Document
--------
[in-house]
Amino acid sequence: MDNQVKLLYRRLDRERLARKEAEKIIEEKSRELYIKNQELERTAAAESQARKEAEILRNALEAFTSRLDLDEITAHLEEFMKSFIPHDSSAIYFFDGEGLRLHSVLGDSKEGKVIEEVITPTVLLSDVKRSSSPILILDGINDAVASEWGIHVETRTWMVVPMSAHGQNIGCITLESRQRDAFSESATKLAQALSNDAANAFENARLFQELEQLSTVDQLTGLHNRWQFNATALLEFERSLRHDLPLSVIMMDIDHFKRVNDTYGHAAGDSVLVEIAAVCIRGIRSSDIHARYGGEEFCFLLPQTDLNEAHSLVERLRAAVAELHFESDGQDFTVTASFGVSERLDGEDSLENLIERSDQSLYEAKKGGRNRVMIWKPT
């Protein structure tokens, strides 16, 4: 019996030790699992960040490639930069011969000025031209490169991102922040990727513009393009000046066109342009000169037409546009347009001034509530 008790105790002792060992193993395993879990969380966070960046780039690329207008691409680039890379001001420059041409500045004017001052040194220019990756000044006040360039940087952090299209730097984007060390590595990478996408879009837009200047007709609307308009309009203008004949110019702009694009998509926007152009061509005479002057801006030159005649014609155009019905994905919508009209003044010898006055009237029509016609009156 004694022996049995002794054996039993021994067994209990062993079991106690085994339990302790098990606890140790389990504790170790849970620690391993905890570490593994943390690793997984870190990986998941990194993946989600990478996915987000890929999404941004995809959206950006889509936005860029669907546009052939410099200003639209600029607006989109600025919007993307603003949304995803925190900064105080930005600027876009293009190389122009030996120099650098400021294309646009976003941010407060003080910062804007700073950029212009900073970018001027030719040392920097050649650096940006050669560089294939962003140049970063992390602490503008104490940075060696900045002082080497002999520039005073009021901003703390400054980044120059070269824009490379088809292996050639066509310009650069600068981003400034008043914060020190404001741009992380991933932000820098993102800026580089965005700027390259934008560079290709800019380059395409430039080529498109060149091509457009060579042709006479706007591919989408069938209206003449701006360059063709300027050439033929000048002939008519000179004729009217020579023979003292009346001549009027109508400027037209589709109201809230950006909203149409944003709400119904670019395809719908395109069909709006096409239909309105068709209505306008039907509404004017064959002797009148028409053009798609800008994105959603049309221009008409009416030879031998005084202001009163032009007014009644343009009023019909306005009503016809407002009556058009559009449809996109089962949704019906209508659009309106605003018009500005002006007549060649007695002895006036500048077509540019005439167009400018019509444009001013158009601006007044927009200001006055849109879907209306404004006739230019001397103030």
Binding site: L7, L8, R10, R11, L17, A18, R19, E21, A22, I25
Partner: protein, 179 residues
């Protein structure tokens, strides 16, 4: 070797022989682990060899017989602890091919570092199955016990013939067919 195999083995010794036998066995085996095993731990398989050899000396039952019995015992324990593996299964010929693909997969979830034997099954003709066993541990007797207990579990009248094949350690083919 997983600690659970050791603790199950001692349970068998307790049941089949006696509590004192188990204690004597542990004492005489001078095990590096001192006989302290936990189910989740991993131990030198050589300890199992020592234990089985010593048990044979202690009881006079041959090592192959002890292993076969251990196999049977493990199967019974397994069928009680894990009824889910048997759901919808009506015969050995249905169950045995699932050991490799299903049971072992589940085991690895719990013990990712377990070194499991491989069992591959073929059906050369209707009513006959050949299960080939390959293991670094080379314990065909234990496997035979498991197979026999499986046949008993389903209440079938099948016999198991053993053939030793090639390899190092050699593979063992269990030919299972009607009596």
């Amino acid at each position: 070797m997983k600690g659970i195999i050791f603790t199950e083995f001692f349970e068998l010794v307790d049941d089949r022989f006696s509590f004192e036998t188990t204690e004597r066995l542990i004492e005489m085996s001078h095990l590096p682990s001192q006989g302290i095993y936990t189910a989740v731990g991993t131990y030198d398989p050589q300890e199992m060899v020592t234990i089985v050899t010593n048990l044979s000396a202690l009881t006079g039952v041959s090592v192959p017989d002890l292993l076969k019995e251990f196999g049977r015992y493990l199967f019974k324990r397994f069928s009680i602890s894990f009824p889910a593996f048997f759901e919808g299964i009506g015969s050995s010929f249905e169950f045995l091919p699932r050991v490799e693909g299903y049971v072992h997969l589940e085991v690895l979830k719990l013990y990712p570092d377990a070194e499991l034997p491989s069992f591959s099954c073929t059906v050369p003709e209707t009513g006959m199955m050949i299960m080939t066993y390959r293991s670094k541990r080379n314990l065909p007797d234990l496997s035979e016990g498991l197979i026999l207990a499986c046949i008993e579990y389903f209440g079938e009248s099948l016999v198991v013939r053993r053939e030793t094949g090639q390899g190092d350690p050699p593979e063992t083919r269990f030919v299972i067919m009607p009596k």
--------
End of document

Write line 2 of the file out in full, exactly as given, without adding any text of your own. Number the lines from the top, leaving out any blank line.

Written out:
Amino acid sequence: MDNQVKLLYRRLDRERLARKEAEKIIEEKSRELYIKNQELERTAAAESQARKEAEILRNALEAFTSRLDLDEITAHLEEFMKSFIPHDSSAIYFFDGEGLRLHSVLGDSKEGKVIEEVITPTVLLSDVKRSSSPILILDGINDAVASEWGIHVETRTWMVVPMSAHGQNIGCITLESRQRDAFSESATKLAQALSNDAANAFENARLFQELEQLSTVDQLTGLHNRWQFNATALLEFERSLRHDLPLSVIMMDIDHFKRVNDTYGHAAGDSVLVEIAAVCIRGIRSSDIHARYGGEEFCFLLPQTDLNEAHSLVERLRAAVAELHFESDGQDFTVTASFGVSERLDGEDSLENLIERSDQSLYEAKKGGRNRVMIWKPT